Whilst you might be thinking retirement is a life time away, it is never too early to start contributing to your pension – and thanks to increased media coverage and government schemes, our pensions have been placed at the front of our minds. However, the question is: do you know your options? Following a recent survey by personal pension provider True Potential, 57{782950f9545987990c8a066e966845cf102e7285102da20409f85f741491c12a} of over 55s didn’t know how they would access their pensions.

Securing a comfortable retirement

If you have worked all of your life, you’ll be looking forward to living a comfortable retirement doing things you haven’t been able to do whilst juggling a work schedule. The amount you’ll need in retirement depends on numerous factors, including the quality of life you want to have. According to True Potential, to live comfortably during retirement, you’ll need £23,000 a year in retirement. This is almost four times the £6,000 Brits are on course to receive each year.
It is likely that you will need your pension pot to secure your finances for around 20 to 30 years – as it is clear that you will require a substantial amount. When deciding how much you’ll need, remember that your outgoings will likely be significantly less in retirement, as your mortgage could be paid off, children will have left home and you won’t be commuting into work each day.
Don’t forget about your State Pension either – this could give your pension pot the little boost that it needs. The State Pension rate is £7,582 per year as of April 2016, which works out at £151 per week. Remember that you’ll need to reach State Pension age before you can access these funds — this age is currently 65 for men and between 60 and 65 for women, although it is expected to rise in the coming years.

What types of pensions are available?

Your pension should be unique to you, whilst there are several options available, you should choose the scheme that best suits your individual needs.

Personal pension

With a personal pension plan, you can contribute to the pot on a monthly basis, and the money is invested to potentially grow over the years so you have a bigger fund when you retire. You have complete control over where and how it is invested.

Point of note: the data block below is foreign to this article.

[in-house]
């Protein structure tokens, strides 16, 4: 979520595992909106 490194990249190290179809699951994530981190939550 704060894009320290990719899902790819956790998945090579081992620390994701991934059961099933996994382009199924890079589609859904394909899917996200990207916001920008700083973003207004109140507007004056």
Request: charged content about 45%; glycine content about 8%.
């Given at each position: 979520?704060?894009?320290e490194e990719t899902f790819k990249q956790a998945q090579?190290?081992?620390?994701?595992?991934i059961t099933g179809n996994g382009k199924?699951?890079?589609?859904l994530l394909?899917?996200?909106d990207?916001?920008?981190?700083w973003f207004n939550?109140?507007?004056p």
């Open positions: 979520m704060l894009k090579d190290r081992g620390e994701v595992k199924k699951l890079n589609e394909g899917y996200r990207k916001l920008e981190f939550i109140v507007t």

Although you have complete control over how your money is invested, your contributions are capped on a yearly basis. Currently, you can’t contribute more than £40,000 per year – this is dependent on your salary however. Once you reach 55, you’ll be able to access your funds. This can be used to purchase an annuity—a regular monthly income until you die — or take a regular income using Drawdown.
You can also access 25{782950f9545987990c8a066e966845cf102e7285102da20409f85f741491c12a} of your total pot tax-free as either a lump sum or smaller withdrawals.


Employers can organise a workplace pension for their staff, which is also known as auto-enrolment. With this type of pension, you, your employer and the government contribute to your pension pot. At present, the minimum you can contribute is 2{782950f9545987990c8a066e966845cf102e7285102da20409f85f741491c12a} of your earnings, whereby you put in 0.8{782950f9545987990c8a066e966845cf102e7285102da20409f85f741491c12a}, 1{782950f9545987990c8a066e966845cf102e7285102da20409f85f741491c12a} comes from your employer and 0.2{782950f9545987990c8a066e966845cf102e7285102da20409f85f741491c12a} from tax relief.
In April 2018, the minimum contributions are set to increase to 5{782950f9545987990c8a066e966845cf102e7285102da20409f85f741491c12a}, and then again in April 2019 to 8{782950f9545987990c8a066e966845cf102e7285102da20409f85f741491c12a}.
To qualify, you’ll need to meet the following requirements:

  • Be over 22
  • Be under the State Pension age
  • Not currently in a scheme
  • Earn over £8,105 a year

Defined contribution pensions

There is a degree of flexibility with a defined contribution pension, as it can be paid into by an employer, employee or both and, as such, is a type of both a personal and workplace pension. Because the amount you pay in is invested, the amount payable in retirement is dependent on how much is contributed and the investment’s performance.

Defined benefit pensions

Often confused with a defined contribution pension, a defined benefit pension is quite the opposite type of pension. These are always workplace pensions. The amount you contribute depends on numerous factors, including your salary, how long you’ve worked for your employer and the pension scheme’s rules. This type of pension guarantees a set pension pot once you retire.
With investing, your capital is at risk. Investments can fluctuate in value and you may get back less than you invest. Tax rules can change at any time.


Partner Links